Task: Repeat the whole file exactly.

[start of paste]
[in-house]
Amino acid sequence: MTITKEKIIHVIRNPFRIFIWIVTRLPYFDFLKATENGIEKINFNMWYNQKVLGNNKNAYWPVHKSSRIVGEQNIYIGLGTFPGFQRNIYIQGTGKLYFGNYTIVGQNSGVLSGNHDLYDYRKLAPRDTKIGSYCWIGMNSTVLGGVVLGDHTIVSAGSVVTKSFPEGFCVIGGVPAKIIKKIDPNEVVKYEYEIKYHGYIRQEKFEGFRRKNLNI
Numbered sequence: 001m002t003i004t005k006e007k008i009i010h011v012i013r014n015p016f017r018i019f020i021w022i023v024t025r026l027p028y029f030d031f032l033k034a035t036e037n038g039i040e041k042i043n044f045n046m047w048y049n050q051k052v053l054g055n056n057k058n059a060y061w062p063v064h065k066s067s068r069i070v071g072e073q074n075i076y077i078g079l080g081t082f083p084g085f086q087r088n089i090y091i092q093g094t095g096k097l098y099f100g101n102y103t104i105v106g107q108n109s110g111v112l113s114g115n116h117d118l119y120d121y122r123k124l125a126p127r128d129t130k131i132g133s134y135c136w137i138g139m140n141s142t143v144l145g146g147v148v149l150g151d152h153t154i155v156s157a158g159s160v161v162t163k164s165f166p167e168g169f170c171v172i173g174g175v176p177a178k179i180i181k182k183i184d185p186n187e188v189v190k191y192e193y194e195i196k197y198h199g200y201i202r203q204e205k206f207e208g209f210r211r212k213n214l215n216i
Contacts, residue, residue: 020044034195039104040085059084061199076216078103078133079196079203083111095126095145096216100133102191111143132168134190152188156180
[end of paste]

[in-house]
Amino acid sequence: MTITKEKIIHVIRNPFRIFIWIVTRLPYFDFLKATENGIEKINFNMWYNQKVLGNNKNAYWPVHKSSRIVGEQNIYIGLGTFPGFQRNIYIQGTGKLYFGNYTIVGQNSGVLSGNHDLYDYRKLAPRDTKIGSYCWIGMNSTVLGGVVLGDHTIVSAGSVVTKSFPEGFCVIGGVPAKIIKKIDPNEVVKYEYEIKYHGYIRQEKFEGFRRKNLNI
Numbered sequence: 001m002t003i004t005k006e007k008i009i010h011v012i013r014n015p016f017r018i019f020i021w022i023v024t025r026l027p028y029f030d031f032l033k034a035t036e037n038g039i040e041k042i043n044f045n046m047w048y049n050q051k052v053l054g055n056n057k058n059a060y061w062p063v064h065k066s067s068r069i070v071g072e073q074n075i076y077i078g079l080g081t082f083p084g085f086q087r088n089i090y091i092q093g094t095g096k097l098y099f100g101n102y103t104i105v106g107q108n109s110g111v112l113s114g115n116h117d118l119y120d121y122r123k124l125a126p127r128d129t130k131i132g133s134y135c136w137i138g139m140n141s142t143v144l145g146g147v148v149l150g151d152h153t154i155v156s157a158g159s160v161v162t163k164s165f166p167e168g169f170c171v172i173g174g175v176p177a178k179i180i181k182k183i184d185p186n187e188v189v190k191y192e193y194e195i196k197y198h199g200y201i202r203q204e205k206f207e208g209f210r211r212k213n214l215n216i
Contacts, residue, residue: 020044034195039104040085059084061199076216078103078133079196079203083111095126095145096216100133102191111143132168134190152188156180